Academic journal article Atlantic Economic Journal

The Impact of Sectoral Shifts in Investment on Unemployment in U.S. Labor Markets

Academic journal article Atlantic Economic Journal

The Impact of Sectoral Shifts in Investment on Unemployment in U.S. Labor Markets

Article excerpt


Capital stock data for the U.S. economy are used to develop a measure of sectoral shifts in productive resources. Within the context of the creative destruction process, this measure provides a direct indicator of sectoral shifts in resource demands independent of aggregate fluctuations. Years with greater reallocations of capital have higher unemployment, a result consistent with the traditional sectoral shifts hypothesis. However, fluctuations in unemployment appear to be more strongly influenced by aggregate rather than sectoral shocks. Significant variation exists across demographic groups in the responsiveness of unemployment to aggregate fluctuations and sectoral shifts. The adverse impact of sectoral shifts is greater for males and members of the nonwhite labor force. (JEL E24)


Most empirical models of the aggregate labor market have assessed the hypothesis that negative shocks to aggregate demand and aggregate supply are responsible for cyclical increases in the unemployment rate. In contrast, the sectoral shifts hypothesis maintains that periods of higher unemployment result from above-average rates of change in the pattern of labor demands across industrial sectors of the economy. Underlying causes of these shifts include changes in production technology and input prices, along with the development of new products or competing sources of supply for existing products. Given their uneven occurrence, these shocks result in levels of frictional and structural unemployment which fluctuate over time and account for the cyclical behavior of the unemployment rate. [1] To the extent that sectoral shifts affect aggregate unemployment, macroeconomic forecasts which are based only upon aggregate shocks will be inaccurate, and countercyclical fiscal and monetary policies will be ineffective or e ven counterproductive if they impede an efficient sectoral reallocation of resources. [2]

Many empirical tests of the sectoral shifts hypothesis for the U.S. economy involve extensions of Lilien's [1982] analysis for 1948 to 1980, in which the standard deviation of annual employment growth across industry sectors was positively related to the unemployment rate. Shin [1997] and Brainard and Cutler [1993] maintained that sectoral shifts in returns to physical capital better reflect the changes in returns to human capital, which induce reallocations of employment and raise the unemployment rate. Using accounting measures of returns on assets, Shin found that the variance of interindustry returns purged of aggregate fluctuations had a significant positive impact upon unemployment, especially after 1972. Brainard and Cutler used the variance across industries of excess stock market returns from 1948.1 to 1991.2 to get a similar result as did Loungani et al. [1990] whose estimates indicated that an increased pace of sectoral shifts raised the natural rate of unemployment from 1968 to 1980.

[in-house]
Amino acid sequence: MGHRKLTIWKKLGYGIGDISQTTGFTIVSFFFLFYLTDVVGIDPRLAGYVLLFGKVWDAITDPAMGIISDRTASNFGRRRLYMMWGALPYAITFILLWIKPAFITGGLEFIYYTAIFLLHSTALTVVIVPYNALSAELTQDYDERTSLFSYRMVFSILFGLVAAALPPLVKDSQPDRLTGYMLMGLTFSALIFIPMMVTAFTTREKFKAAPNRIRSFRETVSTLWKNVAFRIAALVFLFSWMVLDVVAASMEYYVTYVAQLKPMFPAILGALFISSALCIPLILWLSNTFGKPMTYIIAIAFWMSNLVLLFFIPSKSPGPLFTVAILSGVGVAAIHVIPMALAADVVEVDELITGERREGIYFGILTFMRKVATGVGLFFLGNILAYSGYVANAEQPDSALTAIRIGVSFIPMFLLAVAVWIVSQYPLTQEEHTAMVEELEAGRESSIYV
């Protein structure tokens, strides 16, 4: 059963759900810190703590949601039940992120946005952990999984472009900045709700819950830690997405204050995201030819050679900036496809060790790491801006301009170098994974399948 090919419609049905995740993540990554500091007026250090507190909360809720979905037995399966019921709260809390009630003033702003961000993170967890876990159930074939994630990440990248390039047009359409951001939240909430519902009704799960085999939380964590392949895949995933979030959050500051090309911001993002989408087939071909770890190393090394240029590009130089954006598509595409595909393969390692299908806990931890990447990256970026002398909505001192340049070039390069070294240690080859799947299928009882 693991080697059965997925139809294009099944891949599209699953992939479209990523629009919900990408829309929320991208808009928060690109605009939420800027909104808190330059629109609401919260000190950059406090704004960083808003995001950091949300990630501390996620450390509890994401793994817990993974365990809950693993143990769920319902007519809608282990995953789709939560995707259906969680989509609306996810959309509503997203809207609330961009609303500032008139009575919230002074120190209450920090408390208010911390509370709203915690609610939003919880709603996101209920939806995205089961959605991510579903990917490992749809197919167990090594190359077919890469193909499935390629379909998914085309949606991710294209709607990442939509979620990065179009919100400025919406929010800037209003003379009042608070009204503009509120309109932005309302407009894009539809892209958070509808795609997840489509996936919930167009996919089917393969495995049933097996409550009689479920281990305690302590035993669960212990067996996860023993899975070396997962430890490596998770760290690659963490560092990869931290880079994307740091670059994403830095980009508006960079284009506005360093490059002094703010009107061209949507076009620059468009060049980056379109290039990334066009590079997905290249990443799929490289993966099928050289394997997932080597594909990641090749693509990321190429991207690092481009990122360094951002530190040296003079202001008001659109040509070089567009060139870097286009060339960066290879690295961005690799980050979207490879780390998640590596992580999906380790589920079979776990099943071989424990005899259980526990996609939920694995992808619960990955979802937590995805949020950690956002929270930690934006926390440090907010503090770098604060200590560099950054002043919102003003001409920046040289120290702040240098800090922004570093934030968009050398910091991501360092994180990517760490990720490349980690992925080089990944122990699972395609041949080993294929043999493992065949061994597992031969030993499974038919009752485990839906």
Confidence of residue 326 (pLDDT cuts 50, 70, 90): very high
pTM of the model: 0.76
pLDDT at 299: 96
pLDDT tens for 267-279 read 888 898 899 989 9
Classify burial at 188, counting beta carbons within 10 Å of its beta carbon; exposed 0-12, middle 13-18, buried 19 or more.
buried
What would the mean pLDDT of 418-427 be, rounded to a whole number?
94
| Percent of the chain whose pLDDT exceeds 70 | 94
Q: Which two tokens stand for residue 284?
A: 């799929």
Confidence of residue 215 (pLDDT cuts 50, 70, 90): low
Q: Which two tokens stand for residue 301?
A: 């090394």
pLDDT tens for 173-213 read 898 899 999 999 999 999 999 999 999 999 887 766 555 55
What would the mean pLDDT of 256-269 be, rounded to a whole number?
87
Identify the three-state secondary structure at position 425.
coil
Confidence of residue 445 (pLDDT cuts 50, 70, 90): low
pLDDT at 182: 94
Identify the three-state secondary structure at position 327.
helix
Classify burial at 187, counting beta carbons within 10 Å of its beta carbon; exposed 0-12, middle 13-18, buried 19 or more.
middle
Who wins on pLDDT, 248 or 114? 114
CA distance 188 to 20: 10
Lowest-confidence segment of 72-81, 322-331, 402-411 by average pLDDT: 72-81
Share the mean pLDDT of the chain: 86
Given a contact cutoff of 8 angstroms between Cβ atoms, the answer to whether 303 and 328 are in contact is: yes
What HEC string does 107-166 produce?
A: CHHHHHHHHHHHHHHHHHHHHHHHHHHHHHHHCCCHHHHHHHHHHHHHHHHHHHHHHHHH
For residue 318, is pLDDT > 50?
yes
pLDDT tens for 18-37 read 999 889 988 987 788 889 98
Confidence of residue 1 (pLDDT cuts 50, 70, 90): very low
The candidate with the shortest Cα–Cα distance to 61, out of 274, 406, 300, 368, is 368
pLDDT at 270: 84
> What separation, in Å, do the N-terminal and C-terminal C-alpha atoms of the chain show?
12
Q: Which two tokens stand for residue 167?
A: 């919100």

This paper tests a measure of sectoral shifts which is grounded in the process of creative destruction described by Caballero and Hammour [1996]. Technical progress embodied in new capital and the introduction of new products makes older capital and existing capital-labor matches obsolete. The returns to capital measures of sectoral shifts previously used are based upon Black's [1987] premise that sectoral divergences in stock market returns motivate business restructurings and sectoral reallocations of physical capital and therefore are responsible for unemployment in a market economy.

This present study does not measure interindustry differences in financial returns. The chief hypothesis of this study is that periods with greater sectoral shifts in the pace of physical capital investment should have higher unemployment as inefficient production arrangements are eliminated and markets for obsolete products are replaced by demands for newer goods and services. When this occurs, workers must identify and move to industries that are gaining new capital and generating new employment opportunities. …

Search by... Author
Show... All Results Primary Sources Peer-reviewed


An unknown error has occurred. Please click the button below to reload the page. If the problem persists, please try again in a little while.